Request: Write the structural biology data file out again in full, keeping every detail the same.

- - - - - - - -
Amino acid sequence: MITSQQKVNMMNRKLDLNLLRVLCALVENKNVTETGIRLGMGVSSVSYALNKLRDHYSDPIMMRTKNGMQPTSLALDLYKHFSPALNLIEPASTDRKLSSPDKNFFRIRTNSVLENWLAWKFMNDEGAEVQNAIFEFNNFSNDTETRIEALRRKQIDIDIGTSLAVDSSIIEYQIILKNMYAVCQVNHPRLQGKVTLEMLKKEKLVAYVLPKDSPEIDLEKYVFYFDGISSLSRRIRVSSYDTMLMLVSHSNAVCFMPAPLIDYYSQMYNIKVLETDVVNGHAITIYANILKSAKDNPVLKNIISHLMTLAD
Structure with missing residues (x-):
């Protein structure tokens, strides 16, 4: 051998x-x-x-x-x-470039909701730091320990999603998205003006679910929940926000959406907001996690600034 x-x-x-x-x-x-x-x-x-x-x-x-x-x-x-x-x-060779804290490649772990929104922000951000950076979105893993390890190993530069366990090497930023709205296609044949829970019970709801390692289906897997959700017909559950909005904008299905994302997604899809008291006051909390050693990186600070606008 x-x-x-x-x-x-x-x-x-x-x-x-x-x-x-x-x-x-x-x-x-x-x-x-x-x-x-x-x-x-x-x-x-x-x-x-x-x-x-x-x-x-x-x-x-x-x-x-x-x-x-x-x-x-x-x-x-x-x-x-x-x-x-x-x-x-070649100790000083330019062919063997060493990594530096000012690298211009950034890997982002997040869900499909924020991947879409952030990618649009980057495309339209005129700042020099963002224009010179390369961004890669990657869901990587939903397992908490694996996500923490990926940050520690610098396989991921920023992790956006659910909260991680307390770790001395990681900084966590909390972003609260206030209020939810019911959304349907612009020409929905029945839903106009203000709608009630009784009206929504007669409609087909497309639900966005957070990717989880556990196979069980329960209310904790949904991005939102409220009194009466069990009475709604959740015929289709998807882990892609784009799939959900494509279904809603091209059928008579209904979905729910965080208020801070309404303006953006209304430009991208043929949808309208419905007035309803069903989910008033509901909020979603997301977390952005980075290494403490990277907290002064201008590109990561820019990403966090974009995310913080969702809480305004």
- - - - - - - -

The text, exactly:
Amino acid sequence: MITSQQKVNMMNRKLDLNLLRVLCALVENKNVTETGIRLGMGVSSVSYALNKLRDHYSDPIMMRTKNGMQPTSLALDLYKHFSPALNLIEPASTDRKLSSPDKNFFRIRTNSVLENWLAWKFMNDEGAEVQNAIFEFNNFSNDTETRIEALRRKQIDIDIGTSLAVDSSIIEYQIILKNMYAVCQVNHPRLQGKVTLEMLKKEKLVAYVLPKDSPEIDLEKYVFYFDGISSLSRRIRVSSYDTMLMLVSHSNAVCFMPAPLIDYYSQMYNIKVLETDVVNGHAITIYANILKSAKDNPVLKNIISHLMTLAD
Structure with missing residues (x-):
């Protein structure tokens, strides 16, 4: 051998x-x-x-x-x-470039909701730091320990999603998205003006679910929940926000959406907001996690600034 x-x-x-x-x-x-x-x-x-x-x-x-x-x-x-x-x-060779804290490649772990929104922000951000950076979105893993390890190993530069366990090497930023709205296609044949829970019970709801390692289906897997959700017909559950909005904008299905994302997604899809008291006051909390050693990186600070606008 x-x-x-x-x-x-x-x-x-x-x-x-x-x-x-x-x-x-x-x-x-x-x-x-x-x-x-x-x-x-x-x-x-x-x-x-x-x-x-x-x-x-x-x-x-x-x-x-x-x-x-x-x-x-x-x-x-x-x-x-x-x-x-x-x-x-070649100790000083330019062919063997060493990594530096000012690298211009950034890997982002997040869900499909924020991947879409952030990618649009980057495309339209005129700042020099963002224009010179390369961004890669990657869901990587939903397992908490694996996500923490990926940050520690610098396989991921920023992790956006659910909260991680307390770790001395990681900084966590909390972003609260206030209020939810019911959304349907612009020409929905029945839903106009203000709608009630009784009206929504007669409609087909497309639900966005957070990717989880556990196979069980329960209310904790949904991005939102409220009194009466069990009475709604959740015929289709998807882990892609784009799939959900494509279904809603091209059928008579209904979905729910965080208020801070309404303006953006209304430009991208043929949808309208419905007035309803069903989910008033509901909020979603997301977390952005980075290494403490990277907290002064201008590109990561820019990403966090974009995310913080969702809480305004």